Government Should Stay Out of Health Care

Government Should Stay Out of Health Care

The latest cost estimates for health care legislation in Congress are about $1.6 trillion over 10 years, according to two Senate sources. Two Senate staffers, one Democratic and one Republican, said the Congressional Budget Office made the estimate for the Finance Committee version of the bill. The Senate Health, Education, Labor and Pensions Committee version would cost $1 trillion over ten years, but would only cover about one-third of the nearly 50 million uninsured.

At this point I haven’t found anything except the armed forces that the government is reasonably efficient with. Much of the extra cost of medicines and treatments is due to the current government regulations, I can’t see how more government makes the cost go down.

I would like to have your comments.

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9 Comments

  1. Maggie Reply

    Are you kidding me? Anyone who is opposed to universal health care is ignorant of the facts and unwilling to look at objective data. There are several service that should never be run by private, for-profit industry, namely health care, police, and emergency services. These should be considered for the public good and should not be run as a business. As much as people want to deny it, our health care lags far behind countries with socialized medicine. Please do some research before you send out these ridiculous statements.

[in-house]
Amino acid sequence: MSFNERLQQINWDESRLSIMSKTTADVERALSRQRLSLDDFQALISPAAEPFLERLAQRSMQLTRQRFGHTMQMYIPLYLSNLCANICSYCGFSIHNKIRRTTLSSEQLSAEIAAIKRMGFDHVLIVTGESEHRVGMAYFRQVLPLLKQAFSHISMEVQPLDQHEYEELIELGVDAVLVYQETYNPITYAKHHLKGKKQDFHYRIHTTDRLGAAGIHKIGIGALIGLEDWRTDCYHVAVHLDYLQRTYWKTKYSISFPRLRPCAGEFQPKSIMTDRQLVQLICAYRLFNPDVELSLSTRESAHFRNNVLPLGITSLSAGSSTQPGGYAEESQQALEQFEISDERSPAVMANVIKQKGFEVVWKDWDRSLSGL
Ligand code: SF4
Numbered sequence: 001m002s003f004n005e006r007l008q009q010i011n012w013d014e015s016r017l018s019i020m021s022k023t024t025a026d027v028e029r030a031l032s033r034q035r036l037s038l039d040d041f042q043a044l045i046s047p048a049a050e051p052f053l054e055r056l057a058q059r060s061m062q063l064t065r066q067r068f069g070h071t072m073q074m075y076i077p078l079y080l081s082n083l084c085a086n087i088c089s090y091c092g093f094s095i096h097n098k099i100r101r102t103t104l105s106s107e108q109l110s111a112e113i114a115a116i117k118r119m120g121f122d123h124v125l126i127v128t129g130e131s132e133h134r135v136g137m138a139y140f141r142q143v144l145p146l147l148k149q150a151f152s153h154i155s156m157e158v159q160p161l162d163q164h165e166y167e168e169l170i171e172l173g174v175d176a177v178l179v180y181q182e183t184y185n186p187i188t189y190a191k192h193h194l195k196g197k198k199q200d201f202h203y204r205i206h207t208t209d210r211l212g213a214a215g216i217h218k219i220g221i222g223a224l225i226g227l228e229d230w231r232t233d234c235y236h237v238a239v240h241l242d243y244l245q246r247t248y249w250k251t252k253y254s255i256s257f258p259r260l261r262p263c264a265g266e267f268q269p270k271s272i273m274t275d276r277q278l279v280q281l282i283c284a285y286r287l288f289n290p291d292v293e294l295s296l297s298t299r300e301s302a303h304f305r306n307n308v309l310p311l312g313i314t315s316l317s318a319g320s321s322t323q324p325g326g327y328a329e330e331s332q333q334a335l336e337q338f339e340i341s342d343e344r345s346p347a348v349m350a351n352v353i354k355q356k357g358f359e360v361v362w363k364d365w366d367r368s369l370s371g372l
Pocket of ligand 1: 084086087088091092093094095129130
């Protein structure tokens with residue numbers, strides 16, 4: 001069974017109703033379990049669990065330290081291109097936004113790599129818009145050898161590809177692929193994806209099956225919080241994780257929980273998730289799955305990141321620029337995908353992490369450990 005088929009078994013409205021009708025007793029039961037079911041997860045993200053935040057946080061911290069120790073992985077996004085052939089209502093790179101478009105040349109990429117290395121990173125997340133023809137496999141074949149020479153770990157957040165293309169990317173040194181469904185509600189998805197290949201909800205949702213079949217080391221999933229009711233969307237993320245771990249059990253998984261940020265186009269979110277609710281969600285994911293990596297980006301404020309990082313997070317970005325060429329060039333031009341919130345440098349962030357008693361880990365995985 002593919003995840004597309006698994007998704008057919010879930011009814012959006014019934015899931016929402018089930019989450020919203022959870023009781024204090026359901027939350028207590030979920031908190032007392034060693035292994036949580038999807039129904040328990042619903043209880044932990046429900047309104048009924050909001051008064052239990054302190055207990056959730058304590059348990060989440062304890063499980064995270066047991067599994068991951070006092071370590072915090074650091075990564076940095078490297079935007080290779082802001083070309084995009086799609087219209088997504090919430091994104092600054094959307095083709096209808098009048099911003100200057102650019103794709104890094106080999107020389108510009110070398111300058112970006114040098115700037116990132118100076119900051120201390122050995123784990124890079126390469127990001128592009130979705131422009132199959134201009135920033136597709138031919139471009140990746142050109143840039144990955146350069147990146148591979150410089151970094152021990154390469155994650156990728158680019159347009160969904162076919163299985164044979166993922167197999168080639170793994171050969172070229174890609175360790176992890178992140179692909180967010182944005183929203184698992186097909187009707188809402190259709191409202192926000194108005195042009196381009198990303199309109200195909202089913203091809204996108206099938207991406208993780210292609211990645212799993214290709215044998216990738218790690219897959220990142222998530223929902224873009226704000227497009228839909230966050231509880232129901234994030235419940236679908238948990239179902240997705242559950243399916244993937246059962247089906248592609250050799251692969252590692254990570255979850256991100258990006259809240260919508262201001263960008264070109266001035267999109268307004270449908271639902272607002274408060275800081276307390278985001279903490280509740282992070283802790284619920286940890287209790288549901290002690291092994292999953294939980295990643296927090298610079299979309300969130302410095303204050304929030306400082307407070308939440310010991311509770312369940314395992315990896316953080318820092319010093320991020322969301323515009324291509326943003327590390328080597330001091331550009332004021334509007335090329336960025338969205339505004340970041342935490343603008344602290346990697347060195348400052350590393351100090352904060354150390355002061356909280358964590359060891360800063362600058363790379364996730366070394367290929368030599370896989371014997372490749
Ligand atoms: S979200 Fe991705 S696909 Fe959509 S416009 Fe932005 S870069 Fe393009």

And remember that hospitals were up until very recently public institutions and the problems have arisen since the privatization (for-profit model)took over.

  2. Maggie Reply

    Oh, and I should add the the current legislation is a travesty that was written largely by the insurance industry. I do not support it in any way, but I strongly support universal health care. And almost 50 million people are currently insured by the government. Ask anyone on Medicare if they want to do away with it…the answer will be 100% no. It is not as poorly run as the Republicans want you to think, and is much better run than any private insurer as far as providing care.

  3. Maggie Reply

    One more thing (yes this e-mail really irritated me). I pay over $350 per month for my employer sponsored insurance. On top of that, I have also paid over $2500 this year on medical bills that my insurance wouldn’t cover. That adds up to over 10% of my income, which is way more than I pay in Federal Income Tax. This is how it would be for the vast majority of Americans. Personally, I would much rather pay a higher income tax and have no medical bills, and be able to go to the doctor whenever i am sick and not have to worry about if I can afford it or not.

  4. gwhite Post author Reply

    Hospitals were (and many still are) non-profit institutions, run by organizations setup by churches and private organizations, not government run entities.

    What facts and objective data should we be looking at? The cost is $1.6 trillion dollars. Would you call Medicare an outstanding success? What about the veterans’ hospitals like Walter Reed that has had so many well documented issues? That is the governments track record in managing health. I don’t want to help pay for insurance for people that choose to have cell phones and cable television instead of health care (and the people in poverty of the US already have State and Federal health insurance options).